Shoot ahead to the day of your first game drive. You’re out in the field after breakfast and it is still dark out. You climb onto the cruiser with your daypack filled with sunscreen, snacks, water and equipment, find your seat. The vehicle bumps along on the grass or dirt roads, and you all start waking up, looking for wildlife. Every hour of the day you’re looking for wildlife. Good drivers have sharp eyes and see things far in the distance, and have communicated extensively with other drivers to know where the herds are. Your driver spots something in the dim light and off you go to get as close as possible without disturbing the animal. From the first time you see your first animal, you will be on your feet, hanging on with one hand, the wind blowing through your hair, an excited attempt to see every possible wild creature that is out there.
Here’s a possibility of what you might see. In the dark morning, nocturnal animals are heading back to their lairs after a night of hunting. Successful lions have full bellies and are lethargically laying beside a small lake, digesting, yawning, dreaming. The hyenas still have bloody snouts, the leopards are climbing into a tree for a nap, the cheetahs are returning to the kopje (a group of rocks) to tend to their pups, and the three foot tall vultures have found remnants of a dead zebra and are in a feeding frenzy. The light is just starting to liven up the landscape, baby fox are coming out of their dens and frolicking, raptors are still in their nests waiting for the thermals, giraffe are grazing on acacia thorn shrubs, the wide open sky that is devoid of wires, planes, and human structures is lit up in a pink glow, enfolding you in the magic that is the Serengeti. And that’s just the early morning.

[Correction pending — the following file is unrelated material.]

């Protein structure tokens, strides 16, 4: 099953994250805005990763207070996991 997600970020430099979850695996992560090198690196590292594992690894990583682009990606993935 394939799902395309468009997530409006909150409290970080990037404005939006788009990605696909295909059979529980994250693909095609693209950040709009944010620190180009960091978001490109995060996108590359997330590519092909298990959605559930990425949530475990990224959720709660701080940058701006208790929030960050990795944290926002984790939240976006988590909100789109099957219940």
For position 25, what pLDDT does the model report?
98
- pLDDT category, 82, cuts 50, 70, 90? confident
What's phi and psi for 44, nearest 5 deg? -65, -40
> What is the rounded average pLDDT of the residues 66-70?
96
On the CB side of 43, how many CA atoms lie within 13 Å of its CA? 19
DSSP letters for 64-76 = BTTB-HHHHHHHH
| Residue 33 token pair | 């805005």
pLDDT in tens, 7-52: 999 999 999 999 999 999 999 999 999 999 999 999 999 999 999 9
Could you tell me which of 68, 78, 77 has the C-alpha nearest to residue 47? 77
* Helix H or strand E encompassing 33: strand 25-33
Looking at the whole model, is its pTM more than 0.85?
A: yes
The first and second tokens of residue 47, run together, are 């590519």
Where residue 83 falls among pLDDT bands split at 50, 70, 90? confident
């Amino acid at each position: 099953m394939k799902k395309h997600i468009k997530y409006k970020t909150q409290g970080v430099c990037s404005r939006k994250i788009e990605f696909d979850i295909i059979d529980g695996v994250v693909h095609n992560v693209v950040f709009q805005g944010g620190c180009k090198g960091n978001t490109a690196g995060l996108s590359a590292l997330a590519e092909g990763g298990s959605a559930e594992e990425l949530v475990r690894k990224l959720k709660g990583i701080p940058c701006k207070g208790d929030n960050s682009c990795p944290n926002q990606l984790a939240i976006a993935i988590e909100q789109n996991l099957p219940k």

Every time of the day is a different array of wildlife to observe. In some parks it is illegal to go out at night so you go out at dawn or dusk instead. The heat is a consideration, because the animals are affected by it. But every time of day is unique to some wonderful activities and most game drives cover a variety of hours of the day; some are all-day ventures, some are half day, some are just a few hours in pursuit of a specific species, and there’s usually some combination of all these.
The wildebeest migration is the major activity in a safari because it involves hundreds of thousands of wildebeest on the move. A wildebeest is a four-legged animal, not unlike a horse, and they cyclically move across the African grass savannahs, birthing the next generation, and following the abundance of food and water. Their cycle is predictable and their vulnerable young are prey to the other wildlife.
On the great savannah grasslands of the Serengeti all of life is before you in the most raw and untamed form. There is life and death, mating and birthing, terror and sweetness, beauty and cruelty, tiny and gargantuan creatures…and everything in between.
This photo was taken by my partner, it is closer to southern Africa, and the significance of this shot is that it is two countries. The zebra here are crossing the Chobe River going from the country of Botswana into Namibia. I like this photo because it is two African countries, and yet when you look at it all you really see is an open grassland with peacefully grazing zebras near the beautiful Chobe River.
I’ll have more photos and African stories to tell in upcoming posts. I’m steadily working away on the next novel, Sinister Safari. It’s fun because the reader goes on a game drive every day, and yet there is the underlying element of the murder mystery to be solved. While I work away on that, you can take an Australian safari by buying my e-book entitled Wicked Walkabout. It talks about the kangaroos, crocodiles, platypus and other wildlife from Down Under, and a captivating mystery is threaded into your Australian visit.
And after you’re done buying the e-book, you might also want to invest in a good World Atlas. It’s the best and most inexpensive way to start thinking about the places in the world you really want to see, and begin scheming about how you will make that dream a reality. Dreams don’t become reality, ya know, unless you make them happen. Go ahead, make it happen.